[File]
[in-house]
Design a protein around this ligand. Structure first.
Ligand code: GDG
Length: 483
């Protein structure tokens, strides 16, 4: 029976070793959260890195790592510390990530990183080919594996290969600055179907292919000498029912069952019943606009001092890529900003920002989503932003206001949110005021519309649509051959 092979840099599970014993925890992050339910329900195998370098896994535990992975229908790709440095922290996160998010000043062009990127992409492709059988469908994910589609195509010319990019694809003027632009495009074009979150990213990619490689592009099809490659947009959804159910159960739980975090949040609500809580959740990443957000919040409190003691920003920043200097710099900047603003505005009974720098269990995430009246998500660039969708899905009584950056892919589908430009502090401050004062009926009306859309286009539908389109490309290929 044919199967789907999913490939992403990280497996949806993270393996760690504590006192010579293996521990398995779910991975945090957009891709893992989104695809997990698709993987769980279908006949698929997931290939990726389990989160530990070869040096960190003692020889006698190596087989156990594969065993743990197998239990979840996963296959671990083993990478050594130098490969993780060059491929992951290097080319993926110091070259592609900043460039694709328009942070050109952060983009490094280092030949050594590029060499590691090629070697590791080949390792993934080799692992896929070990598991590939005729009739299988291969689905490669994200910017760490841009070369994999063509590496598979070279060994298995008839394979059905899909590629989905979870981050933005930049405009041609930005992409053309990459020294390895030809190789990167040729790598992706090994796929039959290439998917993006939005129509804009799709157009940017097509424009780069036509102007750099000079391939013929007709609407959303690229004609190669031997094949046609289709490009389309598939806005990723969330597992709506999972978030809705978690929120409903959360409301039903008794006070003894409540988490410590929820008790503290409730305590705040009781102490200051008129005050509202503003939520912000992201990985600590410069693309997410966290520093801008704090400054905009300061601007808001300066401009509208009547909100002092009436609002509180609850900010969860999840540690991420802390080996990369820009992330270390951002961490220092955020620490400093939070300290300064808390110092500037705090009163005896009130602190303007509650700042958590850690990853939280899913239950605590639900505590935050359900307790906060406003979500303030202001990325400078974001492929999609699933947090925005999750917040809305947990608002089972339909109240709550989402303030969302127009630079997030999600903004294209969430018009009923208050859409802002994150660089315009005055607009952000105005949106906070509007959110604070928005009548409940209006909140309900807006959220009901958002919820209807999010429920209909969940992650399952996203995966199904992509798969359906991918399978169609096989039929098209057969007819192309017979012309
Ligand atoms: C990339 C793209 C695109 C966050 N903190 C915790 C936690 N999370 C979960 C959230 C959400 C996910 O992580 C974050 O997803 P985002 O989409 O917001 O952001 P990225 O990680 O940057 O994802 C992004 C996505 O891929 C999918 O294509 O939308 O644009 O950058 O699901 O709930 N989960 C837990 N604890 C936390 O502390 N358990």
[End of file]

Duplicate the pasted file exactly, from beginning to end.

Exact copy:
[in-house]
Design a protein around this ligand. Structure first.
Ligand code: GDG
Length: 483
């Protein structure tokens, strides 16, 4: 029976070793959260890195790592510390990530990183080919594996290969600055179907292919000498029912069952019943606009001092890529900003920002989503932003206001949110005021519309649509051959 092979840099599970014993925890992050339910329900195998370098896994535990992975229908790709440095922290996160998010000043062009990127992409492709059988469908994910589609195509010319990019694809003027632009495009074009979150990213990619490689592009099809490659947009959804159910159960739980975090949040609500809580959740990443957000919040409190003691920003920043200097710099900047603003505005009974720098269990995430009246998500660039969708899905009584950056892919589908430009502090401050004062009926009306859309286009539908389109490309290929 044919199967789907999913490939992403990280497996949806993270393996760690504590006192010579293996521990398995779910991975945090957009891709893992989104695809997990698709993987769980279908006949698929997931290939990726389990989160530990070869040096960190003692020889006698190596087989156990594969065993743990197998239990979840996963296959671990083993990478050594130098490969993780060059491929992951290097080319993926110091070259592609900043460039694709328009942070050109952060983009490094280092030949050594590029060499590691090629070697590791080949390792993934080799692992896929070990598991590939005729009739299988291969689905490669994200910017760490841009070369994999063509590496598979070279060994298995008839394979059905899909590629989905979870981050933005930049405009041609930005992409053309990459020294390895030809190789990167040729790598992706090994796929039959290439998917993006939005129509804009799709157009940017097509424009780069036509102007750099000079391939013929007709609407959303690229004609190669031997094949046609289709490009389309598939806005990723969330597992709506999972978030809705978690929120409903959360409301039903008794006070003894409540988490410590929820008790503290409730305590705040009781102490200051008129005050509202503003939520912000992201990985600590410069693309997410966290520093801008704090400054905009300061601007808001300066401009509208009547909100002092009436609002509180609850900010969860999840540690991420802390080996990369820009992330270390951002961490220092955020620490400093939070300290300064808390110092500037705090009163005896009130602190303007509650700042958590850690990853939280899913239950605590639900505590935050359900307790906060406003979500303030202001990325400078974001492929999609699933947090925005999750917040809305947990608002089972339909109240709550989402303030969302127009630079997030999600903004294209969430018009009923208050859409802002994150660089315009005055607009952000105005949106906070509007959110604070928005009548409940209006909140309900807006959220009901958002919820209807999010429920209909969940992650399952996203995966199904992509798969359906991918399978169609096989039929098209057969007819192309017979012309
Ligand atoms: C990339 C793209 C695109 C966050 N903190 C915790 C936690 N999370 C979960 C959230 C959400 C996910 O992580 C974050 O997803 P985002 O989409 O917001 O952001 P990225 O990680 O940057 O994802 C992004 C996505 O891929 C999918 O294509 O939308 O644009 O950058 O699901 O709930 N989960 C837990 N604890 C936390 O502390 N358990």